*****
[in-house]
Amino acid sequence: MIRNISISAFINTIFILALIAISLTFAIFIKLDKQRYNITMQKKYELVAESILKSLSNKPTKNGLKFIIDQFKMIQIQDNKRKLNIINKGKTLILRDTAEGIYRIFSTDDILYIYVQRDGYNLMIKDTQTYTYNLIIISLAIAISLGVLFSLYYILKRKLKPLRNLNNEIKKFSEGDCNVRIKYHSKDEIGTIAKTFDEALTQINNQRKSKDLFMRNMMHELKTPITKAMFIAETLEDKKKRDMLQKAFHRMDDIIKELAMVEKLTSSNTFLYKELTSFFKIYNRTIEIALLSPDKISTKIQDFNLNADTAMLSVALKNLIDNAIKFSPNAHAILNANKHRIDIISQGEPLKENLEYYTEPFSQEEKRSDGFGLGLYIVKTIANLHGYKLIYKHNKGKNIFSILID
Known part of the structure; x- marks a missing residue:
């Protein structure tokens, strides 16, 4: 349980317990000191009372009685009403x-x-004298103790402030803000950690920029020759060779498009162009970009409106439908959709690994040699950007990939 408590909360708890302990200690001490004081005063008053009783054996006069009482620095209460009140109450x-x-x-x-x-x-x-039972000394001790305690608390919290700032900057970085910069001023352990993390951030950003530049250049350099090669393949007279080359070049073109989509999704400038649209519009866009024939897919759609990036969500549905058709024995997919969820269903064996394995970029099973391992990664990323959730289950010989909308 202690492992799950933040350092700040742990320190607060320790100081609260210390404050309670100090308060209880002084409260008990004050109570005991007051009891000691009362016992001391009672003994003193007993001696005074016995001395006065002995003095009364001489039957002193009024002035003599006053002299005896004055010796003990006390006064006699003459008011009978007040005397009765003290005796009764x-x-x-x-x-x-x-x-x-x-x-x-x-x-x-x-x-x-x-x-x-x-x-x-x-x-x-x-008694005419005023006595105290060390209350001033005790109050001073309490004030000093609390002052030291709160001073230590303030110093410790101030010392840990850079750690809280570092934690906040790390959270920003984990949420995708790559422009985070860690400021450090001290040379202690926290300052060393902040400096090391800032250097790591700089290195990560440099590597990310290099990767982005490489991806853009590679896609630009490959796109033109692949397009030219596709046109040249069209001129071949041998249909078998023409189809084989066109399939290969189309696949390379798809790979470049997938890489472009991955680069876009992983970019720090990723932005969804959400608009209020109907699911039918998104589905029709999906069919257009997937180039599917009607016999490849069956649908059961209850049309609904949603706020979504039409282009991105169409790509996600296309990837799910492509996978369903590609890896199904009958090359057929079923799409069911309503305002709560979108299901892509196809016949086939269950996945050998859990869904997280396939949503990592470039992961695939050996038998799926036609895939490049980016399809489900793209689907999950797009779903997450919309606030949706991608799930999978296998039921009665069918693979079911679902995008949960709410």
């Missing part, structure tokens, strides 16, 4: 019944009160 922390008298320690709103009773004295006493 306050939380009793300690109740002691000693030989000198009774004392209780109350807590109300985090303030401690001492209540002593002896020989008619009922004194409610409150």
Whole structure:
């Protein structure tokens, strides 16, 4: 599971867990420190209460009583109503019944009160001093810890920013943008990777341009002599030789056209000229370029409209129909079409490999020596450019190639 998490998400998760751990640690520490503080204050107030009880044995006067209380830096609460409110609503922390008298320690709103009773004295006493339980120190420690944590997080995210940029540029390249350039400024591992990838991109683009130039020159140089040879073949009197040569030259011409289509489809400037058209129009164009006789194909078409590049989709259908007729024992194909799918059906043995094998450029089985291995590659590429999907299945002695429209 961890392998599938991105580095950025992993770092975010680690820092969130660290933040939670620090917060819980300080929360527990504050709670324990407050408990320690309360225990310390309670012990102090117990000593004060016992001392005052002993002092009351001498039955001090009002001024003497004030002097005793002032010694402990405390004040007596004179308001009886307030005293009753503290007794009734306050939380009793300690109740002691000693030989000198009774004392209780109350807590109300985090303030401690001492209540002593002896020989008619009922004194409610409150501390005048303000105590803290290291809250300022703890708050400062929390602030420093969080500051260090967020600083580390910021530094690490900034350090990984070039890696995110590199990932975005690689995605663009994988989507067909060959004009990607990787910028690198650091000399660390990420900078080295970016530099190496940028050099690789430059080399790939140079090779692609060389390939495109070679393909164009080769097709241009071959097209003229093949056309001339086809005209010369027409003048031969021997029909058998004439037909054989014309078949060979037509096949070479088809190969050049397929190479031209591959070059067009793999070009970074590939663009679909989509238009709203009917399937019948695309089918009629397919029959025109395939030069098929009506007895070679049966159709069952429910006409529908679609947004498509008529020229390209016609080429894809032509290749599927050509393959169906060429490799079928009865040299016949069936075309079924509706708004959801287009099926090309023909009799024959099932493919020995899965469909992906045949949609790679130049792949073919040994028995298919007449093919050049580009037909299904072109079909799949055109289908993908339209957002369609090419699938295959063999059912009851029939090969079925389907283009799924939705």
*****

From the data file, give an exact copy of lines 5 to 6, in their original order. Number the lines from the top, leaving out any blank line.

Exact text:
């Missing part, structure tokens, strides 16, 4: 019944009160 922390008298320690709103009773004295006493 306050939380009793300690109740002691000693030989000198009774004392209780109350807590109300985090303030401690001492209540002593002896020989008619009922004194409610409150």
Whole structure: